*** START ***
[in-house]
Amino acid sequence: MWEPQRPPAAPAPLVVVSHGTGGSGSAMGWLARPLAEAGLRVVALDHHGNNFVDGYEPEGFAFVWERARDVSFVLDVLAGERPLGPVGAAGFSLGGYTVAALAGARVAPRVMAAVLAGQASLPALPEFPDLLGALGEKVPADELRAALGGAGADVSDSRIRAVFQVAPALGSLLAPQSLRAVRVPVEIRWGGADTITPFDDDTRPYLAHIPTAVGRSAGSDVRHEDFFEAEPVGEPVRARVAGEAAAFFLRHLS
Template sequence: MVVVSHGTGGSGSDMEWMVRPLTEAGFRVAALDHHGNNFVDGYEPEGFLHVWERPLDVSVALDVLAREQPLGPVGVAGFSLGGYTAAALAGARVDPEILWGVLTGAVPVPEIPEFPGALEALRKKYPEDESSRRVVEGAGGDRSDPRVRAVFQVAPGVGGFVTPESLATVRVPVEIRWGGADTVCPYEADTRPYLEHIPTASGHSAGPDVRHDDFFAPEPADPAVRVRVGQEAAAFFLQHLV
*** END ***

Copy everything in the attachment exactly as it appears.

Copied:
[in-house]
Amino acid sequence: MWEPQRPPAAPAPLVVVSHGTGGSGSAMGWLARPLAEAGLRVVALDHHGNNFVDGYEPEGFAFVWERARDVSFVLDVLAGERPLGPVGAAGFSLGGYTVAALAGARVAPRVMAAVLAGQASLPALPEFPDLLGALGEKVPADELRAALGGAGADVSDSRIRAVFQVAPALGSLLAPQSLRAVRVPVEIRWGGADTITPFDDDTRPYLAHIPTAVGRSAGSDVRHEDFFEAEPVGEPVRARVAGEAAAFFLRHLS
Template sequence: MVVVSHGTGGSGSDMEWMVRPLTEAGFRVAALDHHGNNFVDGYEPEGFLHVWERPLDVSVALDVLAREQPLGPVGVAGFSLGGYTAAALAGARVDPEILWGVLTGAVPVPEIPEFPGALEALRKKYPEDESSRRVVEGAGGDRSDPRVRAVFQVAPGVGGFVTPESLATVRVPVEIRWGGADTVCPYEADTRPYLEHIPTASGHSAGPDVRHDDFFAPEPADPAVRVRVGQEAAAFFLQHLV